Sicily's Musem of the Dead

Next time you're in Palermo, Sicily, don't miss Catacombs of the Cappuccini monks, one of the world's most macabre tourist attractions.

"Originally the catacombs were intended only for the dead friars," says Wikipedia.  "However, in the following centuries it became a status symbol to be entombed into the Capuchin catacombs. In their wills, local luminaries would ask to be preserved in certain clothes, or even to have their clothes changed at regular intervals. Priests wore their clerical vestments, others were clothed according to the contemporary fashion. Relatives would visit to pray for the deceased and also to maintain the body in presentable condition."

By Candace Dempsey, author of Murder in Italy, the true story of Amanda Knox
Read more ...

Jerusalem's Wailing Wall: You Are There

I fell in love with the time-lapse videos of the Wailing Wall in Jerusalem (below) the second I saw them. They're by the talented blogger and crazy busy traveler Michael Hodson of Go, See, Write.

Next year, in Jerusalem.

I've been dreaming of that ever  since I went to Jordan a couple weeks after the end of the first Gulf War. One night a friend and I sat in a little outdoor bar in Aquaba, mesmerized by the lights of Israel, shining at us from across the Red Sea. The watery gap between the two countries is so small that a royal horse once swam across it.

Alas, unlike Moses we couldn't part the Red Sea and get across. We had only a few days left in Jordan, so we headed for glorious Wadi Rum ... But that's another story.

Michael is holed up in a Jerusalem hotel and updating the photos as we speak. Enter a Jerusalem neighborhood here.

Read more ...

Gauguin: What was he looking for?

Tahitian Woman With a Flower (Vahine no te Tiare: 1891) is the first painting that the infamous French painter Paul Gauguin sent out from Tahiti, where he'd hoped to find a new home. It was his letter to the world.

The world, it turns out, did not care. Many years flipped by before this stunning portrait found a buyer.

But we do care, hundreds of years later, about this young woman, her black hair caught in a single braid. She holds an orange flower, stares off into the distance, chaste in a blue smock dress with white lace collar and cuffs. The artist said she was not beautiful, but was beautiful in her strength. 

I feel so lucky because this week I got to see "Gauguin and Polynesia: Elusive Paradise" at the Seattle Art Museum.  

I've visited the Gauguin museum in Tahiti, a dreary place, with nothing to show but copies of paintings long since snapped up by European buyers. The artist himself died penniless, but his canvases are now worth millions. Such is the fate of the avant-garde.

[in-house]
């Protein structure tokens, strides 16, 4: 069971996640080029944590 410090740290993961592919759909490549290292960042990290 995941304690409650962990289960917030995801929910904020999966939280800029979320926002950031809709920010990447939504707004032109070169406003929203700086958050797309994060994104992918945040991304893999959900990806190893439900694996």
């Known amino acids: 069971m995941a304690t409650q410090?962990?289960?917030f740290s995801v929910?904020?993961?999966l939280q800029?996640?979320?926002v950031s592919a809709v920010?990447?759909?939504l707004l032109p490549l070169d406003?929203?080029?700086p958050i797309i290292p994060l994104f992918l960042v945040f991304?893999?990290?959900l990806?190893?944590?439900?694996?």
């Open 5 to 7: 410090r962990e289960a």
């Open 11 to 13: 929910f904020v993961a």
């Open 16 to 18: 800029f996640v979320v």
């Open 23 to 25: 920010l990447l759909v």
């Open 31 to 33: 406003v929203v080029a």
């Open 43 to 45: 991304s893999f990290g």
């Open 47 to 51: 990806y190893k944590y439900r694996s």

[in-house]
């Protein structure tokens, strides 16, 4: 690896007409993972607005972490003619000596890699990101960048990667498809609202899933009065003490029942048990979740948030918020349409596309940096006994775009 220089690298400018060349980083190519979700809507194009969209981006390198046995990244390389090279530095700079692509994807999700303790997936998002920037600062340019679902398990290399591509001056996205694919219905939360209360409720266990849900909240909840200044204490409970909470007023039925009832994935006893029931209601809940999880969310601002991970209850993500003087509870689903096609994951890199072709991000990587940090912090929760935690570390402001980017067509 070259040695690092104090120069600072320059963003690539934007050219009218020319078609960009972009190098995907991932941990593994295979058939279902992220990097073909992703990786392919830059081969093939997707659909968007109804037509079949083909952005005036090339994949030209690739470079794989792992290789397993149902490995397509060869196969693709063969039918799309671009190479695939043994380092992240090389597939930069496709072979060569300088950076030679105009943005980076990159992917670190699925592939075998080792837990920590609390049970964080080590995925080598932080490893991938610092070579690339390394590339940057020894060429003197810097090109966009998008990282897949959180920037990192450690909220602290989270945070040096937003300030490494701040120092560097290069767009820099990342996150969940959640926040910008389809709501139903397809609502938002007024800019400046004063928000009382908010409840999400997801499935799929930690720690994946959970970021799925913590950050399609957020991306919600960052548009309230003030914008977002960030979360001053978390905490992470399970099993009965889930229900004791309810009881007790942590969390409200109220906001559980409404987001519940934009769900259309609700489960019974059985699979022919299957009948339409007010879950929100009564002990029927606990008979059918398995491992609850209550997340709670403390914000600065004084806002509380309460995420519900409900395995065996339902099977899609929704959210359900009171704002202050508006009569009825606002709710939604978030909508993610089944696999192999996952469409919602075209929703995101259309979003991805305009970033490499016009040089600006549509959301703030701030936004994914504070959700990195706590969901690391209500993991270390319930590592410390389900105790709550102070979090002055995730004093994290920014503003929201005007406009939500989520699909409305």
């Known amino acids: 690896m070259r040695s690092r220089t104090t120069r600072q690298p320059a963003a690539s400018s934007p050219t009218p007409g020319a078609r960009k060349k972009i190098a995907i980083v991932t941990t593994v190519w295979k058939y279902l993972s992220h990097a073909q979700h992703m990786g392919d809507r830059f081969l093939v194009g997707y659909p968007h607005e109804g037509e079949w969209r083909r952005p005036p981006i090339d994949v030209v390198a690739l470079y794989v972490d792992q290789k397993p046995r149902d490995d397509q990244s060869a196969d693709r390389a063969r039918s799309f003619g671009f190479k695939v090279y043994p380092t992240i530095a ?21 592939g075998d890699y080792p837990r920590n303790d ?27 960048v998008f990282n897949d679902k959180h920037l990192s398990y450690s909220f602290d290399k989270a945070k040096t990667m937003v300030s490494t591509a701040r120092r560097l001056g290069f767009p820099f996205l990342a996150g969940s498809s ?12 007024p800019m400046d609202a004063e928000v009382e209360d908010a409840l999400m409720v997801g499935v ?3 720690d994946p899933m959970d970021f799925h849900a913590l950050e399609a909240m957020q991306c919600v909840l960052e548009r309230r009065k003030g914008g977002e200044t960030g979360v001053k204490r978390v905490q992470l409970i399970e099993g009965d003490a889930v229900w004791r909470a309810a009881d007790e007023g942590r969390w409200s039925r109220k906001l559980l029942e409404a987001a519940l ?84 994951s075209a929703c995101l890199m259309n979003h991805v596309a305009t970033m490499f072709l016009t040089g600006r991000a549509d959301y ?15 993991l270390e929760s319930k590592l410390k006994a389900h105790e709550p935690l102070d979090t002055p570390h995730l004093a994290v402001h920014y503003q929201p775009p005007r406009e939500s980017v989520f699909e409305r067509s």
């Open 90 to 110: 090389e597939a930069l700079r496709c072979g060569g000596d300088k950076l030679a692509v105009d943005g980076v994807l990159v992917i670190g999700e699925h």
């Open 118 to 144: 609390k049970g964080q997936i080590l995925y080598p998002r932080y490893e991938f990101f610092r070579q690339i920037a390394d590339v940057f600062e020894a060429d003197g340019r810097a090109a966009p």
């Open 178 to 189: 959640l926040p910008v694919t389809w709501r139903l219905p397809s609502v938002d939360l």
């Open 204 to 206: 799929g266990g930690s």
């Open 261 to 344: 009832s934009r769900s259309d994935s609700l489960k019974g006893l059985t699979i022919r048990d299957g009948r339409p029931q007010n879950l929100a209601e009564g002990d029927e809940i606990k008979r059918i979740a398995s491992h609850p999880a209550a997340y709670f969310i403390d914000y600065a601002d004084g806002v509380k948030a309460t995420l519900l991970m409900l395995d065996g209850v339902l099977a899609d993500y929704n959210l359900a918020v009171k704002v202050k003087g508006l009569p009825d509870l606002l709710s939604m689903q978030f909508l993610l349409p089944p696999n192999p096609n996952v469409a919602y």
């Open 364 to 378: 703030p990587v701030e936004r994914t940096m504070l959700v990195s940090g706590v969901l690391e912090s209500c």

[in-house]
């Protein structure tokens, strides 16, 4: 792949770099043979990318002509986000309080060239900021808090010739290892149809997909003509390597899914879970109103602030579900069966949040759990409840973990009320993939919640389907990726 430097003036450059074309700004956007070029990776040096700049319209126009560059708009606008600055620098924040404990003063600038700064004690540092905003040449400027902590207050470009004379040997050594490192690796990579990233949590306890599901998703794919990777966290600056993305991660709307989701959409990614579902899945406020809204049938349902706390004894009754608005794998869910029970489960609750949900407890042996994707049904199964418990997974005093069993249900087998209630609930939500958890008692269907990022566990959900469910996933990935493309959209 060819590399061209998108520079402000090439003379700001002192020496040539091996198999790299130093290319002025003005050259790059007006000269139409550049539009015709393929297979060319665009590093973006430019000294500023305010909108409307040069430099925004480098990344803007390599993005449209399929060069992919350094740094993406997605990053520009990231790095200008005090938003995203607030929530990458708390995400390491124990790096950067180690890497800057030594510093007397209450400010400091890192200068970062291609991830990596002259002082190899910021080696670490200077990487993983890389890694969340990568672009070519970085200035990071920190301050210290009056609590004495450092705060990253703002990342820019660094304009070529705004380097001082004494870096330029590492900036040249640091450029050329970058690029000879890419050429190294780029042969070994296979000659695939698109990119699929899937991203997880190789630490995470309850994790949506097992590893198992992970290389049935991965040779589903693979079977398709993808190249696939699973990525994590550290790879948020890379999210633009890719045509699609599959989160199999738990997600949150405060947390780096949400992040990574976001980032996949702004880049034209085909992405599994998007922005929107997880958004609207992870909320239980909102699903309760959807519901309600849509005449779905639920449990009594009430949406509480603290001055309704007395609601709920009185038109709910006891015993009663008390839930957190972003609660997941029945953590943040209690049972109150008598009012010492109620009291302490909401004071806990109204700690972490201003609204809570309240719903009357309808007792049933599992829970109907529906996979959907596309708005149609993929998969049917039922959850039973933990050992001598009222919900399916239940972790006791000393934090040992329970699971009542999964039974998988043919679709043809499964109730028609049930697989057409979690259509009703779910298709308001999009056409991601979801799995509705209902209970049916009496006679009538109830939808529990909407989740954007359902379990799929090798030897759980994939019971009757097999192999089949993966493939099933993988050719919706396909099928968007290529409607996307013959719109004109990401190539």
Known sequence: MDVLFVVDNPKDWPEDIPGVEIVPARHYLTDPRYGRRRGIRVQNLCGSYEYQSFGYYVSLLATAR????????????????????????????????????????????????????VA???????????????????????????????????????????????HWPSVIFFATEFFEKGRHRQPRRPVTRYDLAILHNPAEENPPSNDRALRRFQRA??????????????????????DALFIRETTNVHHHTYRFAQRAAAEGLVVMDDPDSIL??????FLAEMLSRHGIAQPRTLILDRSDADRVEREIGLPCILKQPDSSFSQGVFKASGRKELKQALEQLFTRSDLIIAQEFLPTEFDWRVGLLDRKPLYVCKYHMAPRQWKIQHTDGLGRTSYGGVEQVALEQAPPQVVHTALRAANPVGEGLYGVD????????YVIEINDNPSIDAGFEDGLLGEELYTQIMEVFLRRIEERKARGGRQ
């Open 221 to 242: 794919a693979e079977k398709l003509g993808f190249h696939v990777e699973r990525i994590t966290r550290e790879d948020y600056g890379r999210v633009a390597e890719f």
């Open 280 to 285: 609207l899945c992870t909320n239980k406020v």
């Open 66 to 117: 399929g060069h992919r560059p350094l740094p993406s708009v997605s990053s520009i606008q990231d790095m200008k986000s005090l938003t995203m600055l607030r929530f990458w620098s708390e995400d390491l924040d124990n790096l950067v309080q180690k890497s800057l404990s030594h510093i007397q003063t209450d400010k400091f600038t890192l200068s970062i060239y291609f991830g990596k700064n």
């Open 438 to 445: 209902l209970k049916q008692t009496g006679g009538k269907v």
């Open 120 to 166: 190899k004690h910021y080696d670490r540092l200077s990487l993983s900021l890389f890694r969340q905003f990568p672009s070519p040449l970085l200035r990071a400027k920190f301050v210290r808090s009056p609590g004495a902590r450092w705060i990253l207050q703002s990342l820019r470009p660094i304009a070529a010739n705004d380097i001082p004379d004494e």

Seattle is the show's only stop in the U.S. and it would be worth the airfare just to see 60 examples of Gaugin's work, including sculptures, wood-carvings, self-portraits, and even sketchbooks. You can also see many charming examples of the Polynesian art that influenced him, as did the people. Even the bodies of the warriors, tattooed from head to foot, were works of art.

Like so many of us, Gauguin was plagued with wanderlust. An addiction in conflict with the desire to create something lasting, to be somebody in the world. He was always looking for "something real," but when he found it, he quickly grew tired.

For a woman it's hard not to see his portrayals of beautiful young girls as exploitative, hard not to view his bedding of them without "ambivalence and resentment" (an observation I overheard a woman make in the museum). And yet, he never portrayed Polynesian women as mere sex objects. Just look into their eyes, the sadness around their mouths. Observe their staid cotten clothes, the result of colonization. Did he ever paint a woman who smiled?

But it's not the sadness that's stayed with me all week, after seeing this spectacular show. No, it's the gorgeous colors, the once-in-a-lifetime brushstrokes, the marvelous carvings and sheer talent.
Who knew Gauguin so yearned for European flowers (marigolds, irises, lilies) that he planted a garden in Tahiti? Or that he always intended to reunite with his family, the one he abandoned in France to chase a Polynesian dream?

How I'd love to own my favorite Gauguin landscape, Parahi te Marae (The Sacred Mountain), 1892, which I posted above. The show will be at SAM until April 29, 2012. Don't miss it.

Read more ...